There is gradual realisation that the £250-million (US$401-million) profit-overstatement is the tip of an iceberg nightmare for Tesco. With this realisation, it would appear that all advance-booking of supplier investment will be challenged in terms of the degree of judgement involved and the resulting scope for interpretation.
Whilst superficially this looks like a Tesco UK problem, there are major implications for retailers everywhere, including Asia.
In fact, as the balance of supplier-retailer power in Asia swings in favour of major retail players, retailers’ Commercial Income – that is, trade investment by suppliers – will become an increasingly important source of their profits.
Asian retailers who learn from how this Tesco crisis plays out over the coming months, and take precautions now, will minimise the inevitable fallout at local level.
Most retailers’ auditors are aware of the complexity involved in auditing retailer accounts, mainly arising from the fact that retailing is based on high-volume, low-value transactions. This means that auditors tend to focus on the systems, controls and processes, where a high degree of commercial judgement and interpretation comes into play.
The real issue for Tesco is the impact and distraction that will be caused by an independent audit of process conducted under a City spotlight “with lawyers present”, in troubled times.
In other words, accounting procedure that was fine in good times could now be re-assessed from a different perspective, and with the benefit of hindsight.
Review of Tesco’s Commercial Income
The retrospective analysis of all commercial income, combined with the presence of Tesco’s lawyers, coupled with potential shareholder class-action moves in the US, has to result in increasing clarification, definition and classification of all monies paid by suppliers to retailers including:
- Rental of space
- Price support
- Promotion support
- Percentage split between commercial income and operating profit/sales
And more… think shopper-marketing, for starters.
As the ‘revelations’ enter the public domain, other major retailers will need to explain how their systems and process are different or better, or suffer hits to their share prices. In the same way, brand owners will need to anticipate and defend their use of trade investment to ‘encourage’ consumer demand.
The opportunity window
The real opportunity for Asian retailers and suppliers lies in the fact that a move to results-based reward, paid retrospectively, would solve many of the problems caused by advance booking of commercial income.
Measurement against clear and unambiguous KPIs would reduce the judgement-element, and booking of the income could be tied down to actual sales performance in given periods of the financial year, or a conservative estimate agreed and used where necessary.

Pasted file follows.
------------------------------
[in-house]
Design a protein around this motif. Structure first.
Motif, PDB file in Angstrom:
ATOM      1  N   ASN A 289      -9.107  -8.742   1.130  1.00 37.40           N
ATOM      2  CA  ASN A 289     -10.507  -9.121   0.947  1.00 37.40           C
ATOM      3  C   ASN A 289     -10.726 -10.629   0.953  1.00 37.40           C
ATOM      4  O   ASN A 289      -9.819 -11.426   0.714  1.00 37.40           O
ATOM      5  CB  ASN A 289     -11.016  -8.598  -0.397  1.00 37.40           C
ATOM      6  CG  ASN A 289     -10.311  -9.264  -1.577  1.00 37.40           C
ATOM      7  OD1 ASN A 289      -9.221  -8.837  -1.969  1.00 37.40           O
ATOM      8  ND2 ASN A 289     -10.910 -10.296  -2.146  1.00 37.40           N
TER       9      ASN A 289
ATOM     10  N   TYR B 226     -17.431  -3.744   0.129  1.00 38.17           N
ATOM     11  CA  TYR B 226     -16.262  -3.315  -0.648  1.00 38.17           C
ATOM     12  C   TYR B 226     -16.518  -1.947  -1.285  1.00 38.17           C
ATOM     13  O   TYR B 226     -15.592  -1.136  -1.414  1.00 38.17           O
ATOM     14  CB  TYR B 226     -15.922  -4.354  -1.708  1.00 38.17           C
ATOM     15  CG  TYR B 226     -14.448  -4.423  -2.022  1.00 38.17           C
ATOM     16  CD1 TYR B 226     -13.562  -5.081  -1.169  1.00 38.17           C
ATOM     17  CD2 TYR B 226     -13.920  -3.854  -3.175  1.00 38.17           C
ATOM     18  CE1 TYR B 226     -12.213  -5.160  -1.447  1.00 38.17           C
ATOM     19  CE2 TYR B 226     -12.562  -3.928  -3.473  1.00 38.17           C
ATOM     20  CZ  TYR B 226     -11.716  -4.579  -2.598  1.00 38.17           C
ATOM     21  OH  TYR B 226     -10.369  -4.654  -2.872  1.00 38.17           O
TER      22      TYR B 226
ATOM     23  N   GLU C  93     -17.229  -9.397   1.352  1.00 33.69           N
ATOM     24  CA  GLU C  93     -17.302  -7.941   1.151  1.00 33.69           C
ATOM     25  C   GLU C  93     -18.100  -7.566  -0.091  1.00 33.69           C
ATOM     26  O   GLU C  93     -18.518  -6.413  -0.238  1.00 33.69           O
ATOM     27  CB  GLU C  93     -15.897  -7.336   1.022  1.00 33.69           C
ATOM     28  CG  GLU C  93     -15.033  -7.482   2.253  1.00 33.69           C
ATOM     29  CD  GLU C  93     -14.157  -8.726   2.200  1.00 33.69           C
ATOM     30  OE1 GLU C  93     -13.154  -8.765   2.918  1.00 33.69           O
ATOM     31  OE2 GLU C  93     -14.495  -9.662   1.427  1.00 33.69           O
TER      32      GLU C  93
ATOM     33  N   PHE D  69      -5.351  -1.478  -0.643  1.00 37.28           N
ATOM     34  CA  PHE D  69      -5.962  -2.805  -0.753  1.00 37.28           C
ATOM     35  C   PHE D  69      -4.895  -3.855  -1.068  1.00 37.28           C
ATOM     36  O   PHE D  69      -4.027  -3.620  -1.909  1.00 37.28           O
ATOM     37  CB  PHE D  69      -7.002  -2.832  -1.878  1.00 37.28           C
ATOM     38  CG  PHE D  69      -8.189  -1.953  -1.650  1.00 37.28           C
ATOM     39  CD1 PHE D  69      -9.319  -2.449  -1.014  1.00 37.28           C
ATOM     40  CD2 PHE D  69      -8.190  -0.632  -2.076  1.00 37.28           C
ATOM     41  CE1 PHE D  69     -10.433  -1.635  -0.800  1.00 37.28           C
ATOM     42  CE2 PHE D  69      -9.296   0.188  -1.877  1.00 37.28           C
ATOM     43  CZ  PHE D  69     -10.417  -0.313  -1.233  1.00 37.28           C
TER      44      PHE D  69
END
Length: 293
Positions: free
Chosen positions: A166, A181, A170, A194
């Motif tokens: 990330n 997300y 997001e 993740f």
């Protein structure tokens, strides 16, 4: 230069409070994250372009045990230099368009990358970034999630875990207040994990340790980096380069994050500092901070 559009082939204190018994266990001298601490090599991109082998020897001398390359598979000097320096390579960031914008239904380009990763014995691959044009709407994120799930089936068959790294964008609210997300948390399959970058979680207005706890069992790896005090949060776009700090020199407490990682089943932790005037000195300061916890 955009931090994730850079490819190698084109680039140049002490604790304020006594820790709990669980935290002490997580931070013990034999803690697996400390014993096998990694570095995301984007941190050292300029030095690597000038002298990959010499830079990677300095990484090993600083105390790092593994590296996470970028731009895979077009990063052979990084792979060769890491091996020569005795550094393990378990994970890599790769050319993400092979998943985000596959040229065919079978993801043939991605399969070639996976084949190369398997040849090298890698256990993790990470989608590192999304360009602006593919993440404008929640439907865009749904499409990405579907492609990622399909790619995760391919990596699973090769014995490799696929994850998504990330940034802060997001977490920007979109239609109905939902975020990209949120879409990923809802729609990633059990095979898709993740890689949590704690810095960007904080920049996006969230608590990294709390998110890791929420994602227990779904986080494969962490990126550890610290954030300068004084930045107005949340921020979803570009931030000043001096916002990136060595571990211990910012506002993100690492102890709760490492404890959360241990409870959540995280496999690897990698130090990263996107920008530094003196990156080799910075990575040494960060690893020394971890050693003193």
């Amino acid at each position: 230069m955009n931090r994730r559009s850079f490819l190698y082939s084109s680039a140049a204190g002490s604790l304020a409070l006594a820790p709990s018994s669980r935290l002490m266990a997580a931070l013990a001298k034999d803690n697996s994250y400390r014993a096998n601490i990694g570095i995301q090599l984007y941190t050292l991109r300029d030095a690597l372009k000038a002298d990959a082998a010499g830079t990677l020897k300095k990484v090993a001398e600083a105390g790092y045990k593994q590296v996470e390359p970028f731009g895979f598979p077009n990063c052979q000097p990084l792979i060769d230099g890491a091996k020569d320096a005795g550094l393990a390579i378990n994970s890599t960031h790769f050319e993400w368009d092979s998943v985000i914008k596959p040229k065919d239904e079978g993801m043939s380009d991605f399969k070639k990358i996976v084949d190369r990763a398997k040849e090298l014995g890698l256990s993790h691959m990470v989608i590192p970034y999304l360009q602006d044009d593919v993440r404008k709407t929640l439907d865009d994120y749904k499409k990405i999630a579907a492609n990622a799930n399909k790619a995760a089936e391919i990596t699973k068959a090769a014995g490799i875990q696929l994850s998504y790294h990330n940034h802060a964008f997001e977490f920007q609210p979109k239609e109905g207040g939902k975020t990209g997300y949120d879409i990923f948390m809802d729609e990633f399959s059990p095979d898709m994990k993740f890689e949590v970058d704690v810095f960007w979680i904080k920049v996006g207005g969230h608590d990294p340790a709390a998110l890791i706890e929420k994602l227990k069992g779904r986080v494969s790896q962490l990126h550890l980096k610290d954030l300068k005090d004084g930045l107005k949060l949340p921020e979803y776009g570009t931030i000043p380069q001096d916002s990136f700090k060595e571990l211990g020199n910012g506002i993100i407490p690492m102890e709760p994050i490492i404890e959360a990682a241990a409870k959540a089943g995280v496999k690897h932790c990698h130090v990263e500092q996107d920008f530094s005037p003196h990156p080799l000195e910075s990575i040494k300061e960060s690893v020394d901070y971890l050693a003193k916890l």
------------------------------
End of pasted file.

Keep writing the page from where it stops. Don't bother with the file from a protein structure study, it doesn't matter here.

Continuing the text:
The resulting issue for retailers would be the negative impact on cashflow of moving from payment-in-advance to after-the-event remuneration.
Bear in mind that credit periods were always intended to bridge the gap between supply of goods to the retailer and receipt of payment from the shopper.
However, with average credit periods in the UK at 40 days-plus on supplies that can include best-selling SKUs being delivered daily, and an average stockturn in retail of 15 times per annum, that is 24 days stock, it could be said that there is already some surplus in the cashflow pipeline.
Deep down, the Tesco crisis is but another business problem that needs managing as it struggles to rebuild its shareholder value.
This setback will give Tesco and its supplier-partners a once-and-for-all opportunity of ‘cleaning up the future’, providing a basis for fair-share dealing where willing compliance saves the cost of second-guessing, a place where business development becomes the focus of business reviews, and appropriate reward for risk the basis for negotiation.
A true re-setting of the supplier-retailer clock could provide a useful head-start in avoiding this ‘pile of troubles’ for financially astute Asian retailers.
Tesco’s troubles piled high
- Series of profit warnings leading to £250m profit over-statement in half-year accounts
- CEO Philip Clarke replaced by outsider Dave Lewis from Unilever
- Four key senior managers suspended, including the UK managing director
- Boardroom purge underway and two new non-executive directors appointed
- Government investigations: The UK’s Financial Conduct Authority has begun an investigation into the accounting scandal, while the Financial Reporting Council is considering launching its own probe.
- Purchase of corporate jet: Tesco’s new chief executive Dave Lewis has moved to head off shareholder anger over its new £31.1 million Gulfstream G550 executive jet by ordering its sale and the sale of its four airplane fleet.
All this resulting in a 50% fall in Tesco’s share price, its lowest value in 11 years.